Bob Riley and B.B. Comer had run a relatively polite campaign in the Republican runoff for the 3rd District Congressional seat - until this week.
Now Comer is questioning Riley's honesty and accusing the Ashland businessman of threatening his family. Riley denies issuing any threat, but says he may respond with negative attacks on Comer.
It began Tuesday with the Comer campaign running a television ad questioning Riley's honesty. The 30-second spot, which appeared on stations in Anniston, Birmingham and Columbus, Ga., shows Riley at a Feb. 13 candidate's forum saying he had "never run for office before." The ad then points out that Riley served on the Ashland City Council from 1972-1976 and ran for mayor and lost in 1976.
Riley, who led in the June 4 primary, called Comer's home from Washington at about 11:30 p.m. Tuesday and asked Comer to stop running the ad, both candidates said. Comer, an investment adviser from Sylacauga, said Riley threatened to respond with negative ads that would hurt Comer and his family.
"Never did I think an opponent, particularly a fellow Republican, would make veiled threats against my wife and children," Comer said at a news conference Wednesday at WJSU-TV 40 in Anniston. "Riley said he has gotten to know my children and did not want to have to use material that would be hurtful to them. I believe this sort of threat is completely out of line."
Riley said he was simply trying to head off a negative campaign in the final days of the runoff. His concern for Comer's family was genuine, he said, and not meant as a threat.
"I have been taught that if you have a problem with someone you talk it out," Riley said. "It was not adversarial. He ended it by saying, 'God bless you and your family.' "
Riley said he has never intentionally misled anyone about his political experience. He "mis-spoke" at the Auburn forum, he said.
"It happened four months ago," Riley said. "I have done everything humanly possible to correct it. I have dealt with it in February. I have dealt with it in March. I have dealt with it in April. Then five days out, he starts running an ad."
Riley said he believes the ad is a desperate act by an opponent who is "woefully behind in this runoff." He said Comer is violating an earlier pledge that Comer made and asked other GOP candidates to sign to refrain from negative campaigning.
Steve Schmidt, Comer's campaign manager, said the ad is not negative but indicates a difference between what Riley said and the truth.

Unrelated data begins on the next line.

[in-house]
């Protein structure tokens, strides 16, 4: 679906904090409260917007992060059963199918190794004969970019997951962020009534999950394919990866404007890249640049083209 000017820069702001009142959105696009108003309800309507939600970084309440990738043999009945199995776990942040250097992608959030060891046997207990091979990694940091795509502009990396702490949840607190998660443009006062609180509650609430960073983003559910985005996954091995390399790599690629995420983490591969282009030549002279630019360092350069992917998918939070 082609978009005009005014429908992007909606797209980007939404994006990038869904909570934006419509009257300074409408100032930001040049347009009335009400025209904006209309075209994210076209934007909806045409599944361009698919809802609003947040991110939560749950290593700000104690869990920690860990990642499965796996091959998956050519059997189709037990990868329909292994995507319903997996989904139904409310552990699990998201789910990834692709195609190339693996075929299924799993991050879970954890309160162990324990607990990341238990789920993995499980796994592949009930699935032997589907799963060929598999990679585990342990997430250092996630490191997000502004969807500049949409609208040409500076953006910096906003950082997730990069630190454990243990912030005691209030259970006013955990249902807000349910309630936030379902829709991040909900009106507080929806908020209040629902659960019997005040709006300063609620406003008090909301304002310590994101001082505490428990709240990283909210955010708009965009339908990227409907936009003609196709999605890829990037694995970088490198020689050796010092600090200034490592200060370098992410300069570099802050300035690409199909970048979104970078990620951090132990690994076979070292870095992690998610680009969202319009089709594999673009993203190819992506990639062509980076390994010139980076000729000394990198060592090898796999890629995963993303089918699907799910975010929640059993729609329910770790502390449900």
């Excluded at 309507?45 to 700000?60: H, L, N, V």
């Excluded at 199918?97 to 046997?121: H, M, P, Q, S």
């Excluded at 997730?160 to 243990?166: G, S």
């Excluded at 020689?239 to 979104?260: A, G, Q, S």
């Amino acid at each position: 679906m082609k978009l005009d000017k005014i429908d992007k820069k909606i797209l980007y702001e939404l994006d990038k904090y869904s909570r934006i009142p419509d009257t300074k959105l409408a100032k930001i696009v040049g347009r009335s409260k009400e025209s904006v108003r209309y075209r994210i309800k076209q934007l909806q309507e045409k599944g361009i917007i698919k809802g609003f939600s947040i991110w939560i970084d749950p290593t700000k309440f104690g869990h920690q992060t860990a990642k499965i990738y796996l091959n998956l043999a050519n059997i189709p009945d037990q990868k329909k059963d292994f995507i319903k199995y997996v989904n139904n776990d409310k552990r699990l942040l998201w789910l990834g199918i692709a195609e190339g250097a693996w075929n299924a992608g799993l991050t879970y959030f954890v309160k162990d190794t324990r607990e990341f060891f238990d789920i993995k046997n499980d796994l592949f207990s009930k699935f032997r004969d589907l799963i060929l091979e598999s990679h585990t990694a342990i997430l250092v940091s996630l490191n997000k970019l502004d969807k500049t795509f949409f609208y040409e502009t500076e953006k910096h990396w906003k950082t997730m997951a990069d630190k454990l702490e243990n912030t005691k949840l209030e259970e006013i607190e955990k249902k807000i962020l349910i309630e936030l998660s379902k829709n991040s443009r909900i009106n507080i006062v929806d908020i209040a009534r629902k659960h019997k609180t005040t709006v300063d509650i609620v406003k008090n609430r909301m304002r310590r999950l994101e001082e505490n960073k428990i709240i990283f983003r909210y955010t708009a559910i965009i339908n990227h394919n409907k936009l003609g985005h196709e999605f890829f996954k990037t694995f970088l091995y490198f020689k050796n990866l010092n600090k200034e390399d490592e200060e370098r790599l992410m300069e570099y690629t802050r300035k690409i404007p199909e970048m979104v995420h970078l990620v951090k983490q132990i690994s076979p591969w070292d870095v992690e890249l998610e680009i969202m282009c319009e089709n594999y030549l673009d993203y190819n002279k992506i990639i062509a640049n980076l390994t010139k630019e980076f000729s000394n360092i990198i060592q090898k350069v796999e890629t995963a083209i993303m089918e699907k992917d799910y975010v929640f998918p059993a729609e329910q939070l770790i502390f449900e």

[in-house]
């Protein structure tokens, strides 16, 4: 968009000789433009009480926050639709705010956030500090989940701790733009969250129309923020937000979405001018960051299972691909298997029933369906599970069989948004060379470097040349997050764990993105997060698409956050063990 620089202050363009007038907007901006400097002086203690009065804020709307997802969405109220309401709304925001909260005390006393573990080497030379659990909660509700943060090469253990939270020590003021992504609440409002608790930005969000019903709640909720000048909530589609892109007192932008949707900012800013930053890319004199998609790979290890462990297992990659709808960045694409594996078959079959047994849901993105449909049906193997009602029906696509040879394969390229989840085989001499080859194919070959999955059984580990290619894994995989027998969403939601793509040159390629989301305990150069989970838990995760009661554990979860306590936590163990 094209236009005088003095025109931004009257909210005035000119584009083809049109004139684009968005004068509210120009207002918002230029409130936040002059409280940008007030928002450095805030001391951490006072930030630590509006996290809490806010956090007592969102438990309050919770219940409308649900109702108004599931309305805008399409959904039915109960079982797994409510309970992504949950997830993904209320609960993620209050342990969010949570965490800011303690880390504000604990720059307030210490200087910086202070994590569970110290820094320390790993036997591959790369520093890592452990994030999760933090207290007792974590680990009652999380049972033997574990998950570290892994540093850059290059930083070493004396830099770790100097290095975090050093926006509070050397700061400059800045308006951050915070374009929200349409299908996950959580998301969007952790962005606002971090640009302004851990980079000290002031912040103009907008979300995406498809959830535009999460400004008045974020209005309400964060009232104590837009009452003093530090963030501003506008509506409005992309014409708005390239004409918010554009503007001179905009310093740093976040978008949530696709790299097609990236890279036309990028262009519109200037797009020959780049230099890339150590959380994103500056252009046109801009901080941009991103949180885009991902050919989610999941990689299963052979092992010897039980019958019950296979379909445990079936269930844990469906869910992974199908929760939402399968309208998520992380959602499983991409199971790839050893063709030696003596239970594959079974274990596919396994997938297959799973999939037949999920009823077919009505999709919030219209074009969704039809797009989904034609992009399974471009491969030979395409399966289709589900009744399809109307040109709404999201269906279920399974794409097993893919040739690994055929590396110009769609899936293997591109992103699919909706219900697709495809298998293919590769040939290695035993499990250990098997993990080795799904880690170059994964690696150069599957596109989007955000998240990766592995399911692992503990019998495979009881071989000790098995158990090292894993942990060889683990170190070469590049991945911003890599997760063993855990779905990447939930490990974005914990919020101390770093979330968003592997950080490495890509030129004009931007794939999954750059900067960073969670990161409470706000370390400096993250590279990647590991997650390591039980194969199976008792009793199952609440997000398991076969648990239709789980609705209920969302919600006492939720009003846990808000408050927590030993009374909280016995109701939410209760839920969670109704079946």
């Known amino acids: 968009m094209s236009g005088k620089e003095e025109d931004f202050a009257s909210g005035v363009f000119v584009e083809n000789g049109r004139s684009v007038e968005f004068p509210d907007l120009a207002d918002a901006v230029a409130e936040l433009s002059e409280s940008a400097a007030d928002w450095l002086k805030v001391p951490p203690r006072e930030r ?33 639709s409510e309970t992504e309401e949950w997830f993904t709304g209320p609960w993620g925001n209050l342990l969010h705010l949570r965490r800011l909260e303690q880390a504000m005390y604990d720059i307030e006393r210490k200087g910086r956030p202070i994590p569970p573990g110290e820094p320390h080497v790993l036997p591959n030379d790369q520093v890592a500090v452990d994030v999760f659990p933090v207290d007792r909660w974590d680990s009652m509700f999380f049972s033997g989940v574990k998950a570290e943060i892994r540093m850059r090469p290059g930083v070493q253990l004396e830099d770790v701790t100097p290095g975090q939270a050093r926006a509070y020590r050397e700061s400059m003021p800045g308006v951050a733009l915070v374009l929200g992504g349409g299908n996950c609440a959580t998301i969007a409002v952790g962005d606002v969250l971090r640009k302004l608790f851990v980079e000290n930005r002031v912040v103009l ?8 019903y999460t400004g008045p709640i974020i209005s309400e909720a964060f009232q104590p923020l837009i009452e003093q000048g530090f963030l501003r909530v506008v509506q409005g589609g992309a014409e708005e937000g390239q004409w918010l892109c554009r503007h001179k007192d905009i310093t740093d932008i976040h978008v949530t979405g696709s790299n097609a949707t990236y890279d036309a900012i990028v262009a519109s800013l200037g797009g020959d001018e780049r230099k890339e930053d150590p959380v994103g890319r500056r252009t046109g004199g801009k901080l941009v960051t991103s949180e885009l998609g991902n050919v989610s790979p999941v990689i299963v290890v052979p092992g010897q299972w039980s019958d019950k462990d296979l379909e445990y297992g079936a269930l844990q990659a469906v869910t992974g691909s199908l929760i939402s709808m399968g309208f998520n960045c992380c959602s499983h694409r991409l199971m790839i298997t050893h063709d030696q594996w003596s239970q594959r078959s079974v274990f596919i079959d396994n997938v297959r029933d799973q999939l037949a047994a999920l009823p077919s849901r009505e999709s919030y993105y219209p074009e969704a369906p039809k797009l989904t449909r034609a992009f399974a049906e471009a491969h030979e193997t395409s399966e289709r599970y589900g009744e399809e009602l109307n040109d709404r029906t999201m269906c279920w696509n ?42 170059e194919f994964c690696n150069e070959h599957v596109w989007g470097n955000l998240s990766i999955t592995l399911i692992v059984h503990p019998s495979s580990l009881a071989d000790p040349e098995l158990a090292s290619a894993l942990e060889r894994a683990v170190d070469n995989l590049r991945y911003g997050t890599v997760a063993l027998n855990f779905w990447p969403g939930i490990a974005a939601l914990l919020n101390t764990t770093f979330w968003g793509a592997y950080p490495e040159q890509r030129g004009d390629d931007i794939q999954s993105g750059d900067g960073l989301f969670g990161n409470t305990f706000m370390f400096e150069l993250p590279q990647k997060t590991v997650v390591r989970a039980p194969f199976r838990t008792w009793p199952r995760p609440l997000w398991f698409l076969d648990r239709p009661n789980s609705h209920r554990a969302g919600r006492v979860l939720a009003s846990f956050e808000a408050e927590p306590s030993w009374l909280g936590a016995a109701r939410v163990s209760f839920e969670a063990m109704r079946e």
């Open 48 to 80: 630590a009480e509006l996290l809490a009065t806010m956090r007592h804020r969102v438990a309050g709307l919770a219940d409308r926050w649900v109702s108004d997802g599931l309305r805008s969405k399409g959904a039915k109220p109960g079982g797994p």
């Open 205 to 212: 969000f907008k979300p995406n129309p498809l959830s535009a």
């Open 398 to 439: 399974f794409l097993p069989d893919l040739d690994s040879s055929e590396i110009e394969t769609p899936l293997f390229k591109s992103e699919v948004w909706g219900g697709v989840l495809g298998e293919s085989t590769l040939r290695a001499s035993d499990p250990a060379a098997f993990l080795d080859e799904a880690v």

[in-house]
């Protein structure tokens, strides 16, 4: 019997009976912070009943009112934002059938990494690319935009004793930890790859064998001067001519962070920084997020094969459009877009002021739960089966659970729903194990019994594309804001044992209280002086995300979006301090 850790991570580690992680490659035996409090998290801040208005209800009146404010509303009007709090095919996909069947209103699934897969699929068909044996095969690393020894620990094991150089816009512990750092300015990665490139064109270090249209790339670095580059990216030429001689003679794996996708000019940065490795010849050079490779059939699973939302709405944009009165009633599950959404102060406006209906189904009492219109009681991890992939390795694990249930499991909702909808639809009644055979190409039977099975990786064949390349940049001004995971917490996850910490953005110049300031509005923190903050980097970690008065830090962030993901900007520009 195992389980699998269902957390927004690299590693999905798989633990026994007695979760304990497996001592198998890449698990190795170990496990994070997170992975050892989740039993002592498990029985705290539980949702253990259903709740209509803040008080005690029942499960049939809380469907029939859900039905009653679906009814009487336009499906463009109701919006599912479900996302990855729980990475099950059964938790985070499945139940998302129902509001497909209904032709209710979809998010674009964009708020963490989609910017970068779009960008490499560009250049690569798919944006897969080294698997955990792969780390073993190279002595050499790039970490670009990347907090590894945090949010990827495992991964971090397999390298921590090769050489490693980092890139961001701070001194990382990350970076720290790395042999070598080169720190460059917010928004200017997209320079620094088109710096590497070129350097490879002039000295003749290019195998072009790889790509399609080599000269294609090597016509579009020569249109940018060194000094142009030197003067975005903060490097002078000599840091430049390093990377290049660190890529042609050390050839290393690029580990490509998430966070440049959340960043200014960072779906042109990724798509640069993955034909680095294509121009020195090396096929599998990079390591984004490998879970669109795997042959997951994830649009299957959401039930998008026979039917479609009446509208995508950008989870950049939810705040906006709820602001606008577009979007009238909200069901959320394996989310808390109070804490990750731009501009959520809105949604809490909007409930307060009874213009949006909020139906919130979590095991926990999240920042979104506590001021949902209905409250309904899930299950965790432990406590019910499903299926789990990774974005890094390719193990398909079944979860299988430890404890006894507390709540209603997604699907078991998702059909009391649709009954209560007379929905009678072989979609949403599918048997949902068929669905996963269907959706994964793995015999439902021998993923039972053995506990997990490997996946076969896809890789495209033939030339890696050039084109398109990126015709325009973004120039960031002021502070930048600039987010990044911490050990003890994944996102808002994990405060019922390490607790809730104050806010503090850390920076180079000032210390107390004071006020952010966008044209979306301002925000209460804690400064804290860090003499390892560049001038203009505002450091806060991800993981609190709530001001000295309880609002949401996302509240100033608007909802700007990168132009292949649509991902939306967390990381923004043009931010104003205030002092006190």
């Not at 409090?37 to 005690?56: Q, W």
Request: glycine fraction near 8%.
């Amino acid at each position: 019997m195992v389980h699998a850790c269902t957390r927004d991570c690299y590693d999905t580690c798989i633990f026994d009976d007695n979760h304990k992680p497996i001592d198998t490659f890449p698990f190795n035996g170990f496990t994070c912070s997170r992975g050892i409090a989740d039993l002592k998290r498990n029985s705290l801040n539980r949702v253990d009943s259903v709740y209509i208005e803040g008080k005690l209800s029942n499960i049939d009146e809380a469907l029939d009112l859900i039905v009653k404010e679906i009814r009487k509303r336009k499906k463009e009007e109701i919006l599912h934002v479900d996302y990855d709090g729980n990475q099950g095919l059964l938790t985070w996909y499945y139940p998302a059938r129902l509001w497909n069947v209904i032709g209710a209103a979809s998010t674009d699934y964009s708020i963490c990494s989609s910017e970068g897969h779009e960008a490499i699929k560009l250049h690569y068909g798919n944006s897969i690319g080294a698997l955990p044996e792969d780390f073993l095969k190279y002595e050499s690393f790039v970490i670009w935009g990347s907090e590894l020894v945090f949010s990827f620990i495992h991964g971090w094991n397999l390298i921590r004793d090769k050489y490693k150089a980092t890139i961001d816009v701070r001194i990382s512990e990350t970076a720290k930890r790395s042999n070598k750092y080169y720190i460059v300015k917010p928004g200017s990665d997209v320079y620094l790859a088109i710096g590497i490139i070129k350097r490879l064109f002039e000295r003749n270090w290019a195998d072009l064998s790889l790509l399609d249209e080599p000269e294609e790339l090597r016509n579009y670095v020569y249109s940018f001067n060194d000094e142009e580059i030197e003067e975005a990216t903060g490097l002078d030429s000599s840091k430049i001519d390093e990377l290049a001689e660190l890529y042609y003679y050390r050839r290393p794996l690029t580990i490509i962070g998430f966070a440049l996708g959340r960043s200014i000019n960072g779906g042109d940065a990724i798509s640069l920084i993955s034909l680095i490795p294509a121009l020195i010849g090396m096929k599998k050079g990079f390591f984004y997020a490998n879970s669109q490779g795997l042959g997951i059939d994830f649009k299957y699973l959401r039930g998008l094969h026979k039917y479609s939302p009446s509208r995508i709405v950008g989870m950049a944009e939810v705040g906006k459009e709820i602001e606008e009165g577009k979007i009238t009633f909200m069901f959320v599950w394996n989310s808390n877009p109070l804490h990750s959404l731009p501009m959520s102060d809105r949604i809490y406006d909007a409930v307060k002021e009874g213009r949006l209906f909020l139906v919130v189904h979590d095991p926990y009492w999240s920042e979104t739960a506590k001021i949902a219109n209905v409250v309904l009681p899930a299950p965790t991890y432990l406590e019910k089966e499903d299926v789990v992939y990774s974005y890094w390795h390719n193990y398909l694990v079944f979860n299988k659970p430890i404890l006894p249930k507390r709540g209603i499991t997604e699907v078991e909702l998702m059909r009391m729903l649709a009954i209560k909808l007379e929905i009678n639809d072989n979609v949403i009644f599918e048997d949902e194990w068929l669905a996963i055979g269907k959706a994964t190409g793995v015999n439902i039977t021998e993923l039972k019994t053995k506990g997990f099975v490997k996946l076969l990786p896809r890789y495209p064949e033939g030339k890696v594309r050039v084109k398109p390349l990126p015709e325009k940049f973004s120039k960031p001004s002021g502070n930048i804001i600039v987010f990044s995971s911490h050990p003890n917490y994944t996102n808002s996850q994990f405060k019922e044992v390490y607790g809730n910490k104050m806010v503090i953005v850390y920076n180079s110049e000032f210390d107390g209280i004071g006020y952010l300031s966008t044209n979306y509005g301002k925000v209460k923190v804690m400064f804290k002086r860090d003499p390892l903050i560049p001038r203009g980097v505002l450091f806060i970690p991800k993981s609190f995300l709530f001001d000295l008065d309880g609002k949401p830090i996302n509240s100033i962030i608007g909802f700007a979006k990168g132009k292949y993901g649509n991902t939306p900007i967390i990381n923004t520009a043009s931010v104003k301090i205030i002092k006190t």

"Truthfulness counts," Schmidt said. "There is something fundamentally wrong when a candidate does not tell the voters the truth. This campaign does not apologize for this ad."
Riley and Comer led their five opponents in the June 4 primary with Riley capturing 39 percent of the vote and Comer winning 20 percent.
The exchanges between the two campaigns did not stop with Comer's new TV ad. Riley's campaign issued a release - boldly stamped "Alert!" - accusing Rex Elsass, who works for the company that produces Comer's television commercials, of being "one of the dirtiest tricksters in politics."
The release said Elsass had been "fired" from Republican U.S. Senate candidate Bernadine Healy's campaign in Ohio four years ago after it was discovered that a member of the campaign staff stole a list of Republican Party donors and intentionally disrupted Democratic rallies.
Elsass said he was not "fired," but resigned from Healy's campaign. He said his only involvement with Comer's campaign is to produce TV ads and buy time for them to run on stations.
"I am not the boogie man," Elsass said. "I do not have horns and a tail."
Comer also began running a radio advertisement about Riley's phone call and about Riley campaign literature that shows Bob Dole giving Riley the thumbs up. Comer's campaign says it wrongfully gives the impression that Dole endorsed Riley when no such endorsement has been made.
Riley said all the literature says is that Dole is giving Riley the "thumbs up," which is what Dole is doing in the picture.
Riley said he would sit down with his family today and decide how to respond to Comer's ads. At first, he said, he was ready to "go negative," but now he is not so sure.
"We are going to have to respond," he said. "People told me that every time the ads run and we don't respond that it hurts me."
TV camera frames candidate Comer as he talks to son Braxton before press conference.